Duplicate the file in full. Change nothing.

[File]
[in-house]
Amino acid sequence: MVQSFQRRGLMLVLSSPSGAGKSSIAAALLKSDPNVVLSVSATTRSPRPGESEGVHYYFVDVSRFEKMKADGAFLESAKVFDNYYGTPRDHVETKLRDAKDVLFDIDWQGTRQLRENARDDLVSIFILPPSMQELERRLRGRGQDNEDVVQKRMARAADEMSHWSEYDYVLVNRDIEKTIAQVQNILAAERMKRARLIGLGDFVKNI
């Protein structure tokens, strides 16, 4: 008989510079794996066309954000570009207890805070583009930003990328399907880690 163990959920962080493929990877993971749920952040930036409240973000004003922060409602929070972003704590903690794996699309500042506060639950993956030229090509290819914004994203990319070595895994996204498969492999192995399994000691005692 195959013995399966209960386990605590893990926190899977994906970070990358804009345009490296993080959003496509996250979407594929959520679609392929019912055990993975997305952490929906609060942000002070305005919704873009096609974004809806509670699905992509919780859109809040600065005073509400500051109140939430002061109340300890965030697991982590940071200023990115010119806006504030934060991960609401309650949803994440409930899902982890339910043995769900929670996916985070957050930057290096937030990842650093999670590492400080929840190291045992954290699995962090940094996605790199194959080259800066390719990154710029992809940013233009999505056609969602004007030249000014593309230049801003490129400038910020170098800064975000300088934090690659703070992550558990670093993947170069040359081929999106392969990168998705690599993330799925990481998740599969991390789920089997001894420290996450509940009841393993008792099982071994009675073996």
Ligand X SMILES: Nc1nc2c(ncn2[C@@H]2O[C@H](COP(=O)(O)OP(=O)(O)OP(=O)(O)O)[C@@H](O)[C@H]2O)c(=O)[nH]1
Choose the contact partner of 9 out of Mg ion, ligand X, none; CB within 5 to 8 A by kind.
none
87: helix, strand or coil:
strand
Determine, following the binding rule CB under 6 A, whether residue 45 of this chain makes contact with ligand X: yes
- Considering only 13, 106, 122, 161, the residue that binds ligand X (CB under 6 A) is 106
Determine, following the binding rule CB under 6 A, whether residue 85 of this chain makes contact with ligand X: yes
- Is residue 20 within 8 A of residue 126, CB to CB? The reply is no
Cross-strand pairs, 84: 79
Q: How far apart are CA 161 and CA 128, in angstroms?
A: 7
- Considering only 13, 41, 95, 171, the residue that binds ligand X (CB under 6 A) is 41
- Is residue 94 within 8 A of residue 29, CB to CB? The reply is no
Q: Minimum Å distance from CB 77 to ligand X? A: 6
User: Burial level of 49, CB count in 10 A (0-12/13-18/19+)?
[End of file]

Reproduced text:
[in-house]
Amino acid sequence: MVQSFQRRGLMLVLSSPSGAGKSSIAAALLKSDPNVVLSVSATTRSPRPGESEGVHYYFVDVSRFEKMKADGAFLESAKVFDNYYGTPRDHVETKLRDAKDVLFDIDWQGTRQLRENARDDLVSIFILPPSMQELERRLRGRGQDNEDVVQKRMARAADEMSHWSEYDYVLVNRDIEKTIAQVQNILAAERMKRARLIGLGDFVKNI
């Protein structure tokens, strides 16, 4: 008989510079794996066309954000570009207890805070583009930003990328399907880690 163990959920962080493929990877993971749920952040930036409240973000004003922060409602929070972003704590903690794996699309500042506060639950993956030229090509290819914004994203990319070595895994996204498969492999192995399994000691005692 195959013995399966209960386990605590893990926190899977994906970070990358804009345009490296993080959003496509996250979407594929959520679609392929019912055990993975997305952490929906609060942000002070305005919704873009096609974004809806509670699905992509919780859109809040600065005073509400500051109140939430002061109340300890965030697991982590940071200023990115010119806006504030934060991960609401309650949803994440409930899902982890339910043995769900929670996916985070957050930057290096937030990842650093999670590492400080929840190291045992954290699995962090940094996605790199194959080259800066390719990154710029992809940013233009999505056609969602004007030249000014593309230049801003490129400038910020170098800064975000300088934090690659703070992550558990670093993947170069040359081929999106392969990168998705690599993330799925990481998740599969991390789920089997001894420290996450509940009841393993008792099982071994009675073996």
Ligand X SMILES: Nc1nc2c(ncn2[C@@H]2O[C@H](COP(=O)(O)OP(=O)(O)OP(=O)(O)O)[C@@H](O)[C@H]2O)c(=O)[nH]1
Choose the contact partner of 9 out of Mg ion, ligand X, none; CB within 5 to 8 A by kind.
none
87: helix, strand or coil:
strand
Determine, following the binding rule CB under 6 A, whether residue 45 of this chain makes contact with ligand X: yes
- Considering only 13, 106, 122, 161, the residue that binds ligand X (CB under 6 A) is 106
Determine, following the binding rule CB under 6 A, whether residue 85 of this chain makes contact with ligand X: yes
- Is residue 20 within 8 A of residue 126, CB to CB? The reply is no
Cross-strand pairs, 84: 79
Q: How far apart are CA 161 and CA 128, in angstroms?
A: 7
- Considering only 13, 41, 95, 171, the residue that binds ligand X (CB under 6 A) is 41
- Is residue 94 within 8 A of residue 29, CB to CB? The reply is no
Q: Minimum Å distance from CB 77 to ligand X? A: 6
User: Burial level of 49, CB count in 10 A (0-12/13-18/19+)?